The Vuelta a Espana: My Ten Most Difficult Climbs: The Hardest - Pico de Veleta

Not quite exuding the same glamour as the Alpe d'Huez,
 the hard-earned  summit of the Pico de Veleta.

Region: Andalucia, Southern Spain 

Departure: Monachil

Length: 46.6km

Altitude: 3,384 m

Height Gain: 2,662 m

Average gradient: 5.7%

Maximum gradient: 17.0%

Category: Above Classification

Add another 500-plus kilometers and you get the Above Classification climb,
Pico de Veleta,which stands prominently in Spain's Sierra Nevada Range. Way higher than any road mountain used in a grand tour, and with snow permanently fastened to its desolate moonscape summit - even during the height of summer - you could say it is something of a cycling anachronism.


Despite the obsession of all three grand tours to make their mountain climbs as high and as steep as ever before, mainland Europe’s highest paved road climb, Spain’s Pico de Veleta, has been sadly, rather ignored. Covered in snow for most of the year, save for during the height of summer, it’s simply too high to be considered for a major cycling event.

While the Vuelta ventures part of the way up the spine of the Sierra Nevada, the colossal Andalucian range to which it belongs, it has travelled no higher than 2,550 metres. More than 800 vertical metres and 10 kilometres of seldom-used road silently awaits those willing to venture as far as the road will take them, just 11 metres beneath the Veleta’s peak.

Suffice to say, reaching the summit of the Pico de Veleta involves two climbs in one. There's the long predictable ascent, usually from Granada or better still, Monachil – should steep, sweeping and lonely roads be your bent – towards the Sol y Nieve ski resort or even higher, the military refuge, which stands at 2,550 meters above sea level. But once the tarmac runs its course, you’re left with little more than a narrow, potholed road. Virtually all semblance of vegetation is gone, replaced by a bleak and barren moonscape. From here, there’s little to inspire the beleaguered cyclist save just reaching the top.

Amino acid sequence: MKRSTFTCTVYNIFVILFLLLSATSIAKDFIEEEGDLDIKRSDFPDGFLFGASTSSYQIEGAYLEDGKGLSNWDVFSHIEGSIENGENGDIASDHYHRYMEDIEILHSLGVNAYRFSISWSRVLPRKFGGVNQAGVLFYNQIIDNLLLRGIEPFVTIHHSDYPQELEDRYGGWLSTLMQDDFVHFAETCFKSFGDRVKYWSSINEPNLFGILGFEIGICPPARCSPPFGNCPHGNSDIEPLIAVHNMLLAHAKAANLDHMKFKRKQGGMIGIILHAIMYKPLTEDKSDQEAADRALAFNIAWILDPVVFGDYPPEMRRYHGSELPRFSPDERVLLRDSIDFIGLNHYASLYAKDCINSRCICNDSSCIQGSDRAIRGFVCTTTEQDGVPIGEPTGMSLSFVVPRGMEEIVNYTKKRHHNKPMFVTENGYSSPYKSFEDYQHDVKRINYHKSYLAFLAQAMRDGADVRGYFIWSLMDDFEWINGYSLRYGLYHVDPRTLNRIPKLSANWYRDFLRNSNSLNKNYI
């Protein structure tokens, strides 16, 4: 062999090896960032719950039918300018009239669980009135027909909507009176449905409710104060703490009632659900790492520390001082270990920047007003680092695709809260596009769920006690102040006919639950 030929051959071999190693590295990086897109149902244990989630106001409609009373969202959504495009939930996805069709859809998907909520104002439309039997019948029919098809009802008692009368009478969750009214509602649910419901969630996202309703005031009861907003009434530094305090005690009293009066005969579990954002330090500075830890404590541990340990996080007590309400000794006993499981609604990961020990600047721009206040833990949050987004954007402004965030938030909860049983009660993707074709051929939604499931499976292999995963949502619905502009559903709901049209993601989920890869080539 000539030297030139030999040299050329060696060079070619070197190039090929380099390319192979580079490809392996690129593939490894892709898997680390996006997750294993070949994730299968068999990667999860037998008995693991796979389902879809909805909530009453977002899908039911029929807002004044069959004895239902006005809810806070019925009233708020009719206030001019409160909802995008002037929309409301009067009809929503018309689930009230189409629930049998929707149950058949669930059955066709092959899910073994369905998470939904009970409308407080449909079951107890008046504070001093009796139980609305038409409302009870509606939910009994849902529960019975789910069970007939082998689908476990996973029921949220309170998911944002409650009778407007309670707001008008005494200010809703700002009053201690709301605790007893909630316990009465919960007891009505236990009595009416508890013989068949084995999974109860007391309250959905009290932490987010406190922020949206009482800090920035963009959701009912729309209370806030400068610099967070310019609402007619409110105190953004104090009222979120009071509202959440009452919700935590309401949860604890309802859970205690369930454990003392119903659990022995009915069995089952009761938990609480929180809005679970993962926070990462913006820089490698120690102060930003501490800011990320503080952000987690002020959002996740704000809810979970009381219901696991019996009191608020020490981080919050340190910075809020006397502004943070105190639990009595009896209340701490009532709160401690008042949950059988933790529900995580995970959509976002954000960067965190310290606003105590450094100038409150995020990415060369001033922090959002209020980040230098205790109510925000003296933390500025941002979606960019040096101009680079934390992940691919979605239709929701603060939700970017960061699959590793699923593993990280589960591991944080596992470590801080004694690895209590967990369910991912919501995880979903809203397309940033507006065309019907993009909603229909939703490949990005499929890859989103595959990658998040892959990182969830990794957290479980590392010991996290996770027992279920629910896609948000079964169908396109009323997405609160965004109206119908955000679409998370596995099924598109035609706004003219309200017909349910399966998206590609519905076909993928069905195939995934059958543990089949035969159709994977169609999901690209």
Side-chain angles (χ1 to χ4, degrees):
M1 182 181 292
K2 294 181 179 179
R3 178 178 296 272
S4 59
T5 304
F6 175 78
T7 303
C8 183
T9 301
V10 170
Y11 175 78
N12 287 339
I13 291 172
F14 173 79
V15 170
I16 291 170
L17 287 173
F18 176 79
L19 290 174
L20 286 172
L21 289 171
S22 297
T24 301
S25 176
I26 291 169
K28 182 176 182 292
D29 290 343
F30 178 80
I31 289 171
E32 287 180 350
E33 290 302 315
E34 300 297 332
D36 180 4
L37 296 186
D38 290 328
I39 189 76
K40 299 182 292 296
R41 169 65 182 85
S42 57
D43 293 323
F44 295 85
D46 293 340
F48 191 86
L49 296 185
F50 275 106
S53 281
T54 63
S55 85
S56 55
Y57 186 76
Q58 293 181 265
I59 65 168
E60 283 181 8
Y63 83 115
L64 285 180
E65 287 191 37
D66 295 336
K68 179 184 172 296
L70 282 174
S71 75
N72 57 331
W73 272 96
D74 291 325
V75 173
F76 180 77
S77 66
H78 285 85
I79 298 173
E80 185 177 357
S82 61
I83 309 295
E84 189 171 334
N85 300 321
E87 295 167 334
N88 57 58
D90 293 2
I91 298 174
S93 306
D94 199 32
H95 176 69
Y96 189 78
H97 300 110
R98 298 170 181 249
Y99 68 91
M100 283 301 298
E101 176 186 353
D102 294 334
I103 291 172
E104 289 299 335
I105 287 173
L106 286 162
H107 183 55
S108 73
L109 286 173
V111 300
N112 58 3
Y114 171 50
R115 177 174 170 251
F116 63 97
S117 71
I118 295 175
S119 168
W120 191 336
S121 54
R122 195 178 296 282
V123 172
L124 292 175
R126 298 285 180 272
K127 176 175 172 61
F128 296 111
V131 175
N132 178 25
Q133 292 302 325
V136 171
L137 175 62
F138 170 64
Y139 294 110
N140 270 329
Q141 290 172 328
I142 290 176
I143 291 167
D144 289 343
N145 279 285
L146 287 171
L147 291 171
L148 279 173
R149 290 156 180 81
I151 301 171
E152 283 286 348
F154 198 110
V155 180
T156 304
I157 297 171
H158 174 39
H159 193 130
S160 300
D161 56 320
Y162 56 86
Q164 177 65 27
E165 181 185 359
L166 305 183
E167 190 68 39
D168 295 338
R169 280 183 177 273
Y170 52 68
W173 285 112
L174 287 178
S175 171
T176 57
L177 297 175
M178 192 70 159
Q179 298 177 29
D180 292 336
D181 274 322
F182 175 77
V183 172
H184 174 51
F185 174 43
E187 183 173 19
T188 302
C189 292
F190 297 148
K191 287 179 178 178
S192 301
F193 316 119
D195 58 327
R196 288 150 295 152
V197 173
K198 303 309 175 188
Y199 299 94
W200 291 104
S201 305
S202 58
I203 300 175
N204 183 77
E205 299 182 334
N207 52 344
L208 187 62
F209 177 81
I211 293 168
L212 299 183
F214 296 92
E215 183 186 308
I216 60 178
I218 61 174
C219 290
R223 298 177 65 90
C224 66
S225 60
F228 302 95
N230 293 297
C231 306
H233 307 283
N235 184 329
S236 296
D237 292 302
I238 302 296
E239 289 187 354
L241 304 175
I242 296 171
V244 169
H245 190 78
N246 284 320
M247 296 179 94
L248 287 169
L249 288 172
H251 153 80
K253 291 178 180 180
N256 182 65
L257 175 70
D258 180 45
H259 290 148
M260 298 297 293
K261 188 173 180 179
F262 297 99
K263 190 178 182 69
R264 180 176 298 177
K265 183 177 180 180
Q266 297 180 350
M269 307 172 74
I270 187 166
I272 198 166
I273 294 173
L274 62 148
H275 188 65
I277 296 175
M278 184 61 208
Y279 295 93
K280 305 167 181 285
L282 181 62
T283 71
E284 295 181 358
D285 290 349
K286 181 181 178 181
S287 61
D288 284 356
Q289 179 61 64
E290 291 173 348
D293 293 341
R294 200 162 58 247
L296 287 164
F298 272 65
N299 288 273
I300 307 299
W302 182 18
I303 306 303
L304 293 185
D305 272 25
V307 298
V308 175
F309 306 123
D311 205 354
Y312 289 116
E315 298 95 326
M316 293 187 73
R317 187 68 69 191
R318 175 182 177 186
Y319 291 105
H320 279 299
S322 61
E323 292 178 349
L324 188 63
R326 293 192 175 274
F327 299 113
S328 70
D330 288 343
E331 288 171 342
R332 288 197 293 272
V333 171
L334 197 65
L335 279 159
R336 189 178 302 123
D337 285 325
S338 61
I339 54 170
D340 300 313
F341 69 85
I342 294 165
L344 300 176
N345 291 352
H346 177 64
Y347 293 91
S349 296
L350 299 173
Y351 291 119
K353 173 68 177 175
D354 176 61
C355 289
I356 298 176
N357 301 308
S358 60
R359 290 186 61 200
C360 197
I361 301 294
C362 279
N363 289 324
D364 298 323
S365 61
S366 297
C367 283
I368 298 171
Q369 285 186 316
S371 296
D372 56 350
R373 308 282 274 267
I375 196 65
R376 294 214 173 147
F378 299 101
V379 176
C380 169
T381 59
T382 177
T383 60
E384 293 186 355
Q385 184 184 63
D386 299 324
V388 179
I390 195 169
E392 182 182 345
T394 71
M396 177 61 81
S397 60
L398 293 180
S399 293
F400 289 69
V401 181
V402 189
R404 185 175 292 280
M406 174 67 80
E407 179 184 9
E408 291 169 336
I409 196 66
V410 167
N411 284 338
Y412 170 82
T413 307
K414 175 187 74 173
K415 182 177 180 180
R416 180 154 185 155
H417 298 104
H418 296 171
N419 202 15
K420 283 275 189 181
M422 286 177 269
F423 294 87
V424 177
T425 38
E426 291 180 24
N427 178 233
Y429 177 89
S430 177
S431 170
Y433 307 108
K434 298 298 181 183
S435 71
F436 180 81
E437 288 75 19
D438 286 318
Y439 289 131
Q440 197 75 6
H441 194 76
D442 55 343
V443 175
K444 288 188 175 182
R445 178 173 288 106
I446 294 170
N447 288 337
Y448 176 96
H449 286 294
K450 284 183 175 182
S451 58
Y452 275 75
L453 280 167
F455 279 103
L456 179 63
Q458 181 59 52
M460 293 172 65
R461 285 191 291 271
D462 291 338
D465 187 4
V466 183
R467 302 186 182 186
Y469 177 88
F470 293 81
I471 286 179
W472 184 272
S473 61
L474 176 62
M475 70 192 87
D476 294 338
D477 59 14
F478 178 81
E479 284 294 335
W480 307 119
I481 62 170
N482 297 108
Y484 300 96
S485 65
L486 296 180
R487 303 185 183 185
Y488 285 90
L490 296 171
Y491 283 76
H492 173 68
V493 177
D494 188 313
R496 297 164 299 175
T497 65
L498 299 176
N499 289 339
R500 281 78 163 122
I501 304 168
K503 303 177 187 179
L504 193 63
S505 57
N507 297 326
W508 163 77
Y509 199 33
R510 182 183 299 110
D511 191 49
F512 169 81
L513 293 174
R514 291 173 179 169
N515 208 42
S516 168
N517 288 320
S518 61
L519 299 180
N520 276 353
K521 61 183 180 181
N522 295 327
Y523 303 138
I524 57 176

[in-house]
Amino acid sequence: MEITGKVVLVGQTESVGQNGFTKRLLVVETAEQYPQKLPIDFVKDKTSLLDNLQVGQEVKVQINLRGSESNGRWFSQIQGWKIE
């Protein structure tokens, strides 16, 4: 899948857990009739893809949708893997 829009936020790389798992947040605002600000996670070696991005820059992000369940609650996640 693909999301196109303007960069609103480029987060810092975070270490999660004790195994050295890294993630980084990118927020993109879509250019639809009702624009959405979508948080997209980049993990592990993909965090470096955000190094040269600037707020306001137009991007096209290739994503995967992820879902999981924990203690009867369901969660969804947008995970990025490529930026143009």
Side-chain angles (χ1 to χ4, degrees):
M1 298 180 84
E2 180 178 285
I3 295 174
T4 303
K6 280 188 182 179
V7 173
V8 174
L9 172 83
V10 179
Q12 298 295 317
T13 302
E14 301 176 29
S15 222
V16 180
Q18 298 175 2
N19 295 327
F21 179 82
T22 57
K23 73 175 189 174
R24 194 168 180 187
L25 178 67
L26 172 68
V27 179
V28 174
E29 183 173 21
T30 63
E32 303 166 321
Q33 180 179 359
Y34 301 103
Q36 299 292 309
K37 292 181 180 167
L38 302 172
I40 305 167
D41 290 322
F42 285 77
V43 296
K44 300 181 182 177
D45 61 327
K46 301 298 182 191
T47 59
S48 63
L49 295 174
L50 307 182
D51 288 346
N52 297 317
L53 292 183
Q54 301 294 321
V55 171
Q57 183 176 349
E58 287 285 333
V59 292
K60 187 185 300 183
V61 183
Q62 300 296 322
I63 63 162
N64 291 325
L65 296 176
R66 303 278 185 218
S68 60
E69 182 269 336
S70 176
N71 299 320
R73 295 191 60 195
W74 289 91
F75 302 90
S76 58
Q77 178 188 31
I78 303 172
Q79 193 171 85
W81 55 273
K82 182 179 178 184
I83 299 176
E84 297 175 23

For me, while the first three quarters of the climb is little more than a vague memory, the last 10, by comparison, have left a more lasting impression. Riding through what otherwise may have been an abandoned quarry, the narrow road winds relentlessly at a gradient of more than 7%.

But it’s not just the gradient and the state of the road that make the final stretch up the Veleta so gruelling. It’s the lack of oxygen, which steadily diminishes the higher you travel. Suffice to say, trying to reach the top of the climb’s 3,384 metre peak, still a long, long way above, was for me, venturing into the unknown.
As I crept closer to the top, thick patches of winter snow had all but covered the road ahead. Impossible to proceed without ploughing through on foot it seemed folly to continue. After all, it was no longer a place for a road bike, rather the kind of terrain you’d find a Himalayan Sherpa wearing snowshoes and an oxygen mask.

Buoyed by the fact that I most likely would have ridden 44 of the roads’ 46 kilometres by the time I reached the summit, I frustratingly pressed on in the dying afternoon. Eventually, the narrow road, made of nothing more than black earth and gravel, switched back in the opposite direction in the final stretch to the top.

Taking in sweeping views from all directions, it seemed a shame that the Pico de Veleta’s summit, the second highest along the Sierra Nevada range, was deserving of such a disappointing end. On reflection, perhaps a mountain so unimaginable to climb deserves better than the circus that accompanies an event like the Vuelta a España.  Too high and remote in any case for the professionals, it’s better left to the weekend warriors who have no better reason to head on up than because it’s there.

More to Come: Cycling in Spain




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